The governance of global platforms, particularly related to content has proven to be a difficult problem. How can we regulate such platforms, in a world of nation-states, in which people and societies have legitimate disagreements over where the limits of free speech should lie.
Economist Dani Rodrik argues that global economic governance is characterized by a trilemma: ‘we cannot have hyperglobalization, democracy, and national self-determination all at once. We can have at most two out of three.’ This trilemma can also be applied to internet governance and global platform governance as a corollary global internet-governance impossibility theorem.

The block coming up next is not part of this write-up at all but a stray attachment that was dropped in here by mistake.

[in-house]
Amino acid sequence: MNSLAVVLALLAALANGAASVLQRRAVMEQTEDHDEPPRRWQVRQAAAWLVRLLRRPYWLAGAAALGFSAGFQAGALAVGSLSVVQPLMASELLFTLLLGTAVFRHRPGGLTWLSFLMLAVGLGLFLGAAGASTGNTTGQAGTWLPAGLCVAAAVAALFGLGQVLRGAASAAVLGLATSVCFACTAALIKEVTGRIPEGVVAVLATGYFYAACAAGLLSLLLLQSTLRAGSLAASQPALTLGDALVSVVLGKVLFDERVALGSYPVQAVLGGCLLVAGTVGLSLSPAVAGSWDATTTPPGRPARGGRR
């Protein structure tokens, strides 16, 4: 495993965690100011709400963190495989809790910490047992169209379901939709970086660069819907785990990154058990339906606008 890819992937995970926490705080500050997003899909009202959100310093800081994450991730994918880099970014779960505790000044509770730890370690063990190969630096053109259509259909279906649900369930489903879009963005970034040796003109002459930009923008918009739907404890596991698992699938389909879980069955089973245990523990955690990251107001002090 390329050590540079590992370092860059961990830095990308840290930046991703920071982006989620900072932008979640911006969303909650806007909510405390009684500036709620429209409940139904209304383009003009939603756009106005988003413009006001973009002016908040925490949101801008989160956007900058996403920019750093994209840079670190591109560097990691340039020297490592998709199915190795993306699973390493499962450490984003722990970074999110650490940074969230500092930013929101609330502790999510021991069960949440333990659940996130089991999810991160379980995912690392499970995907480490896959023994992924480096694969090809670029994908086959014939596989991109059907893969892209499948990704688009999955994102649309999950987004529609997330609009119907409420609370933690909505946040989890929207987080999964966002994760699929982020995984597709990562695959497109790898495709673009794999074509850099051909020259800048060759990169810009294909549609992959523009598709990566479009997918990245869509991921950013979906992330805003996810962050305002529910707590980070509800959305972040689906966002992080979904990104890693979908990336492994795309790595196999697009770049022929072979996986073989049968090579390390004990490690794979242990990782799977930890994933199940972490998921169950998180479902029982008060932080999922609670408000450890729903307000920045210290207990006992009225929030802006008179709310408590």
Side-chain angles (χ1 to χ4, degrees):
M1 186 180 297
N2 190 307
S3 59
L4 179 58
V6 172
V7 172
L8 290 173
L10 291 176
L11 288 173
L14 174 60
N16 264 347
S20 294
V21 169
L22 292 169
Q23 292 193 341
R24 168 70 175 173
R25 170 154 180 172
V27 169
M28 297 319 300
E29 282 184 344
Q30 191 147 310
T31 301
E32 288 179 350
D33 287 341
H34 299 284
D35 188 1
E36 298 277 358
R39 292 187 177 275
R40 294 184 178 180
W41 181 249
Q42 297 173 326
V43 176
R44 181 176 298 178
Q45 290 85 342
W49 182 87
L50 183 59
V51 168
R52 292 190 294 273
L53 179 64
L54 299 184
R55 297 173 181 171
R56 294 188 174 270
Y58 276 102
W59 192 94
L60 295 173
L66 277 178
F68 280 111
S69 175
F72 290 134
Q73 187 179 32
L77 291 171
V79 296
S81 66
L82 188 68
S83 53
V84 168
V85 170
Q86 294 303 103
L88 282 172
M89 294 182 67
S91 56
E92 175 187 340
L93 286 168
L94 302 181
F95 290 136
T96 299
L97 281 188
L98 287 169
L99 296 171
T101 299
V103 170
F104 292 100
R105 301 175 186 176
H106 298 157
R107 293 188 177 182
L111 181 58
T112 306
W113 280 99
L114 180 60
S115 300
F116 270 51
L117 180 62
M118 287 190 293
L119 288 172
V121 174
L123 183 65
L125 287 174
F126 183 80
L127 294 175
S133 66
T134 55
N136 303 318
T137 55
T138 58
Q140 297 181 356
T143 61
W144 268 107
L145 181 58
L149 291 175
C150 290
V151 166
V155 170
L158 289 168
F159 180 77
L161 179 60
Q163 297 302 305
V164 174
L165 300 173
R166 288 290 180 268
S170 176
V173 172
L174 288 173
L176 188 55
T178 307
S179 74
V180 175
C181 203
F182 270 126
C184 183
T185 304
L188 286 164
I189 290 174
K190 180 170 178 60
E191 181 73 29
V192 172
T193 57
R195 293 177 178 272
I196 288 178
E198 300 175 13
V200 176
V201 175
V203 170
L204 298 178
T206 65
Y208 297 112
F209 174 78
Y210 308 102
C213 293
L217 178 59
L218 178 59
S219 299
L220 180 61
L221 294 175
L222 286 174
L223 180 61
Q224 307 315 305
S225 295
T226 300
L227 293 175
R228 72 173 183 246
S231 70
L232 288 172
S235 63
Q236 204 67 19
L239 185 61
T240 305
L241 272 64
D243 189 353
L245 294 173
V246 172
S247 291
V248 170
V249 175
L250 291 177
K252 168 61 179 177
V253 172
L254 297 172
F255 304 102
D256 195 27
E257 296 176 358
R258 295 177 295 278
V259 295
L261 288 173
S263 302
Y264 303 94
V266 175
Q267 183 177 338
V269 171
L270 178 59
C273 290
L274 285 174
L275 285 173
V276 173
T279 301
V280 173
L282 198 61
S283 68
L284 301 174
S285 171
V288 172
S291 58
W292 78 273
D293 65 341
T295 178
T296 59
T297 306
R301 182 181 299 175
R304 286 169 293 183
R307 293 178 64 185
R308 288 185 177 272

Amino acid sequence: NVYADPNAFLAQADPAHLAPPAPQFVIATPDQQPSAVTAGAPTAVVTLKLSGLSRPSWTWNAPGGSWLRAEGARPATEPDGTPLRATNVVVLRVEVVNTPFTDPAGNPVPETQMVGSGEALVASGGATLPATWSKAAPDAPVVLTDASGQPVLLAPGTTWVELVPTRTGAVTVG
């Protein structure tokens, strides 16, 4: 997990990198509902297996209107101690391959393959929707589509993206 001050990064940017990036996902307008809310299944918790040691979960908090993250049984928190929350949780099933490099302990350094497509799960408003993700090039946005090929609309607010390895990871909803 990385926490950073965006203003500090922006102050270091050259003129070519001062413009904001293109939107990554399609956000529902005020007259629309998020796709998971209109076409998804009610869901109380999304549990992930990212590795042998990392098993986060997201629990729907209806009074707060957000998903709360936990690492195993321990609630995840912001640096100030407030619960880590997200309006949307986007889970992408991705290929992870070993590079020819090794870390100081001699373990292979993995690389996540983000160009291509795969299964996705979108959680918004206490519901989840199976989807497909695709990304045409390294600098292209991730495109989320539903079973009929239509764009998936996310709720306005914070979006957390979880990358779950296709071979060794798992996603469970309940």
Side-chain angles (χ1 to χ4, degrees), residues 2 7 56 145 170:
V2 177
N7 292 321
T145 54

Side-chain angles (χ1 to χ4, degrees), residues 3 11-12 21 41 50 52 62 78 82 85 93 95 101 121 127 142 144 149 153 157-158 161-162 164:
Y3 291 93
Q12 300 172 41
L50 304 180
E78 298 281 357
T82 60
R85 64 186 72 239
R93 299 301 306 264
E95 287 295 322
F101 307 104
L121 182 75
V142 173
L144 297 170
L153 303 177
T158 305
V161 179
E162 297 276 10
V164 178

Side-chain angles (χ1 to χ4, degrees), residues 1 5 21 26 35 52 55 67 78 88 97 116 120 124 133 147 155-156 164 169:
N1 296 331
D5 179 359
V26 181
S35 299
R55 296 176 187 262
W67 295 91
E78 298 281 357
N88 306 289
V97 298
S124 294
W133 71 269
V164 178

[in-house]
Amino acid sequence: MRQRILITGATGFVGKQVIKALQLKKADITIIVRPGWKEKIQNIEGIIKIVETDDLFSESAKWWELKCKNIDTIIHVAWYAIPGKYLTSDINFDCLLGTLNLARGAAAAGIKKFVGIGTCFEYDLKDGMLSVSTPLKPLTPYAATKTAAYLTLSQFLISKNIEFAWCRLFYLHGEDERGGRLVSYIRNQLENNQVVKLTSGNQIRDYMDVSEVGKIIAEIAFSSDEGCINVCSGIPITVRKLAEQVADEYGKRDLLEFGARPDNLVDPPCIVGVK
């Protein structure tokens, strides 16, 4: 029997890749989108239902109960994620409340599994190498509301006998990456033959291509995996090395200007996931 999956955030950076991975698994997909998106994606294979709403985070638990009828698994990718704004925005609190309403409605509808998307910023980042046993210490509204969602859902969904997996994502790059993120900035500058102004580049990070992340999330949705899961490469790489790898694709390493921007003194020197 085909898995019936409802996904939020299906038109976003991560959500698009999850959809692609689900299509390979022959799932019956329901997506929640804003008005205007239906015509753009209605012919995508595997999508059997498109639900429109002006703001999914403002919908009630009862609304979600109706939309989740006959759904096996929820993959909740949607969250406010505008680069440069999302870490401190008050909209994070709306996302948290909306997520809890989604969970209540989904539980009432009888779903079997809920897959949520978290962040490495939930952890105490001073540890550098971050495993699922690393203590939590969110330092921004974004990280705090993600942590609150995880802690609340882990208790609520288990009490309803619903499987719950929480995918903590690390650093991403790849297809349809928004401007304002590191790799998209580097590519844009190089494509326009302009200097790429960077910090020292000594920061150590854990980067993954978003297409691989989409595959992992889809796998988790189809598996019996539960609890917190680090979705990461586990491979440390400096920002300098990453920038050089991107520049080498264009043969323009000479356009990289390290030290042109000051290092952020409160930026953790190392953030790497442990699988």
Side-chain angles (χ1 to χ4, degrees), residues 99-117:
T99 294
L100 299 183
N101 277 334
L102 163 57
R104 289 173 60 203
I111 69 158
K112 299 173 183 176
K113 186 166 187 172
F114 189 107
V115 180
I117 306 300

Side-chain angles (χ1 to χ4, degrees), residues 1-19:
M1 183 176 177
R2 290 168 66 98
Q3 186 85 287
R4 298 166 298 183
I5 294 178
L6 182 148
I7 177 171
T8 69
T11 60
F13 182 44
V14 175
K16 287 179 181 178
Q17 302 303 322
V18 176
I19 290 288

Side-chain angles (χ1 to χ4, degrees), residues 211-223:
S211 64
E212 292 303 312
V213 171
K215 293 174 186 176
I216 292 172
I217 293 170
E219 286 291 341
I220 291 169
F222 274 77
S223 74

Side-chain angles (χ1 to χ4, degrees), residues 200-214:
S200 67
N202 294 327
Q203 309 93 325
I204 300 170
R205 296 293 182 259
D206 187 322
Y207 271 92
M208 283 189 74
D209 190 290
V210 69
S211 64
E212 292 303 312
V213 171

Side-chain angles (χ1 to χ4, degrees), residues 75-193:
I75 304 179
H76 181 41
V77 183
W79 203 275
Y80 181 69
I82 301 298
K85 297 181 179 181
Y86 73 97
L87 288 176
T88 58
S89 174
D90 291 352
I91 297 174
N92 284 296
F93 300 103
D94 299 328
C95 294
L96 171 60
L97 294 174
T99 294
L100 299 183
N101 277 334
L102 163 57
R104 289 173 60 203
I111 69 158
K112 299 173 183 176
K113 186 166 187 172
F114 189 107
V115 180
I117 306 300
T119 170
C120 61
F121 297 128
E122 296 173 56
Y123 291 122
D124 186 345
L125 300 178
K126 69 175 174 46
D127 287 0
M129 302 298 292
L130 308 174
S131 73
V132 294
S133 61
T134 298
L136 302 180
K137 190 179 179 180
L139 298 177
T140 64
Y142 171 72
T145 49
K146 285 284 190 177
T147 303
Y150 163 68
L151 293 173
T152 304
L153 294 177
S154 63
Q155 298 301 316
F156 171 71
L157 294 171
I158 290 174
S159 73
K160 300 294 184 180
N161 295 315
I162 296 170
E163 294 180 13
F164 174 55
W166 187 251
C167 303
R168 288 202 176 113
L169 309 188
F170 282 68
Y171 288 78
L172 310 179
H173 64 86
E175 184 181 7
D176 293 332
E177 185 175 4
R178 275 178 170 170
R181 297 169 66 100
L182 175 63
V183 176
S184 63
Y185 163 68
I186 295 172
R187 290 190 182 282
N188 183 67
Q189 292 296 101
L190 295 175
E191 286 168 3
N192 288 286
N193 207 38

This trilemma, which emphasizes who sets the rules and the degree of democratic accountability they face, offers us a way to evaluate online content-regulation proposals. This article applies this framework to four prominent platform-governance proposals: Facebook’s proposal for a global ‘Oversight Board’; David Kaye’s book Speech Police; the United Kingdom’s Online Harms White Paper; and French President’s Emmanuel Macron’s speech to the 2018 Internet Governance Forum. Of the four, only Macron’s framework offers a pathway to reconciling democratic accountability with the existence of different legitimate views on how content should be regulated.
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